It all started with Canadian mining company Inco Ltd. saying that it wanted to acquire nickel miner Falconbridge Ltd.
Then Teck Cominco stepped in to make a play for Inco and was soon followed by Swiss-based Xstrata with a bid for Falconbridge.
Making the scenario more interesting, U.S.-based Phelps Dodge proposed a three-way with Inco and Falconbridge to form a North American mining powerhouse. That failed but Phelps said it still wanted Inco.
Now, Brazil’s CVRD has also set its sights on Inco.
And market speculation has Phelps Dodge possibly becoming an acquisition target and that a Grupo Mexico executive was in New York this week for exploratory talks about that company.
The rumor drove up Phelps Dodge stock 4 percent on Thursday when other mining stocks were down, and it prompted Grupo Mexico to deny that its chief financial officer was even in New York.
After 10 months of a numbing merger free-for-all in the mining industry, only one transaction so far looks like a done deal — Falconbridge’s board has recommended its shareholders accept the Xstrata offer.
All the excitement is a stunning turnaround for an industry that was anemic just three years ago. The catalyst has been China and its industrial growth, driving demand and prices for copper and other metals. Copper, for example, is selling for roughly five times what it went for in 2003.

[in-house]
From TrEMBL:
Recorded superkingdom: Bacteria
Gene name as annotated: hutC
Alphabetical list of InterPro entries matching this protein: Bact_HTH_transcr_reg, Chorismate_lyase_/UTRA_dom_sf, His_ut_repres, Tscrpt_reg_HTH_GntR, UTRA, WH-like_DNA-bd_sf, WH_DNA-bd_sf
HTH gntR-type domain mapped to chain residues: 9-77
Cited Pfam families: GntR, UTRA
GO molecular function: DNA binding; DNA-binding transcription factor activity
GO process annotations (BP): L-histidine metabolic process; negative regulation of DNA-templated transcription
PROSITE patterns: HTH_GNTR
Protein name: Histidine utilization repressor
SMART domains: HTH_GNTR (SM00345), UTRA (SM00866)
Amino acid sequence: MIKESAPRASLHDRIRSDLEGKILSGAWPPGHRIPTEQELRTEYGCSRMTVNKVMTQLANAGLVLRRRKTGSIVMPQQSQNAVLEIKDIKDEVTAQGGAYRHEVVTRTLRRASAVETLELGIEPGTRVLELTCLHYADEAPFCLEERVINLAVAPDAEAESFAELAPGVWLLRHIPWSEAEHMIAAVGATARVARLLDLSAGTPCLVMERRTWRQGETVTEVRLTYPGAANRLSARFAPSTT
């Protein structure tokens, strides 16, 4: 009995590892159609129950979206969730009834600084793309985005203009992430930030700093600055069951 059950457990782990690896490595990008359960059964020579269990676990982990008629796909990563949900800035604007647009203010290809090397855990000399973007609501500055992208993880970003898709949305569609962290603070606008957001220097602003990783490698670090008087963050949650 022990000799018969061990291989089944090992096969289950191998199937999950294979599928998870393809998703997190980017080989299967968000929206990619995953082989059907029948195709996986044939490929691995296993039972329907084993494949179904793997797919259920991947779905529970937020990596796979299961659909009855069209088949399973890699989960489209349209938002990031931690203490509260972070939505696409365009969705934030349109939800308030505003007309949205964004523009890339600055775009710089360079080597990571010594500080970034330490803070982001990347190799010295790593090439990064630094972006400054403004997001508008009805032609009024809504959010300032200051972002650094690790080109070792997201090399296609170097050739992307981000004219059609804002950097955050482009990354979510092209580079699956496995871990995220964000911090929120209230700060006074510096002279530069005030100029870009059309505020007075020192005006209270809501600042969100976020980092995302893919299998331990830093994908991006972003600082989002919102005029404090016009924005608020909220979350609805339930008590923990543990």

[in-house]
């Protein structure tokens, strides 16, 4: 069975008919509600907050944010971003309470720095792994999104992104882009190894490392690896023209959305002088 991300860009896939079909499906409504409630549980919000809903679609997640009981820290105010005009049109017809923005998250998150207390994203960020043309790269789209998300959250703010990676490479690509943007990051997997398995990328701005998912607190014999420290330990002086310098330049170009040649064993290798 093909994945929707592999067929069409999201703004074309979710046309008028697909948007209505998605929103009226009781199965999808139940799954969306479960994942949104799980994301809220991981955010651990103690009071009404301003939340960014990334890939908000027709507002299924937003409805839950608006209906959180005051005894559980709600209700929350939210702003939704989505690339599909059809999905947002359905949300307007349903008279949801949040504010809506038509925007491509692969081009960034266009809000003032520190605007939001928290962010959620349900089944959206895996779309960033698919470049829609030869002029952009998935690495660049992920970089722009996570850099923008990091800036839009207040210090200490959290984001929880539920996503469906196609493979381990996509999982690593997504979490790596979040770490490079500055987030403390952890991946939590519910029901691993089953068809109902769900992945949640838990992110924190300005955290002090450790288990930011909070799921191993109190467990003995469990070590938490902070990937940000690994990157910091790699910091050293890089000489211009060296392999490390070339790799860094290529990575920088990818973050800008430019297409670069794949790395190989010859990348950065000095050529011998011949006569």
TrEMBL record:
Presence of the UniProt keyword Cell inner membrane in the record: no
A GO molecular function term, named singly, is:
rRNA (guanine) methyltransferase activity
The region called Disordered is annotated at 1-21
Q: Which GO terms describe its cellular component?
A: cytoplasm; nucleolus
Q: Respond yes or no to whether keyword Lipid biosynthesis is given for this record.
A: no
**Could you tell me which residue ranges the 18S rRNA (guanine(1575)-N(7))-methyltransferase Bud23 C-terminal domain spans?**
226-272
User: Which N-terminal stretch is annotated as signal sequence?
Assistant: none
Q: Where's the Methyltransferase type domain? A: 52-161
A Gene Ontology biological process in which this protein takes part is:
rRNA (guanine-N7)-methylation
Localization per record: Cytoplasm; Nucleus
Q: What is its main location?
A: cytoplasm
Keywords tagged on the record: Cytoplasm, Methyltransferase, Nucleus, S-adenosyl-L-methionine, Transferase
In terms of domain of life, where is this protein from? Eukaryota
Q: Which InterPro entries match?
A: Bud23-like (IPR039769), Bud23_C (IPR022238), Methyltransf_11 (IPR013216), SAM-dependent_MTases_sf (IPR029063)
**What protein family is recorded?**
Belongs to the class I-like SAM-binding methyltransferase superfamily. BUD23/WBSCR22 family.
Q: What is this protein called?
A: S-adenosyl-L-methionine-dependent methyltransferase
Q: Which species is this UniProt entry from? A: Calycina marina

“One company gets in play and everyone wants in,” said Peter Schiff, president of broker-dealer Euro Pacific Capital, in Darien, Connecticut. “Everyone always wants to get bigger.
“These resources are valuable, so there’s good reason to acquire them,’ he said. “If you can pay cash, rather than diluting your shares, that’s better. This sector is where the growth will be.”
Asked how long the consolidation might continue, Schiff said it depended on how long metals prices stay high.
“There is no end in sight. Some prices will get to ridiculous levels, but we are not anywhere near that yet,” he said.
Frank Holmes, chief executive of U.S. Global Investors, a $5 billion fund, agreed that soaring prices were fueling the merger madness.
“The thing is, there is no major new copper discovery, or gold,” Holmes said.
“The big opportunities are in poor countries where the policymakers are unsophisticated. So miners are turning to each other,” he said.
“North American assets are very valuable, so where would you rather be, Uzbekistan or Canada? An ounce of gold is worth more in Nevada or Canada.”
Gerald Dickey, spokesman for the United Steelworkers (USW) in Pittsburgh, said consolidation in the 1990’s was good for the steel industry and the same principle applied to mining.
“There were too many steel companies and they were hemorrhaging red ink. The Asian financial crisis started the blood bath and everyone was slashing prices.
“(But) In the steel industry you have to have (good) pricing, so consolidation was beneficial,” said Dickey. “Now we have big companies and we find they are more healthy as far as commitments to contracts, pay and benefits.”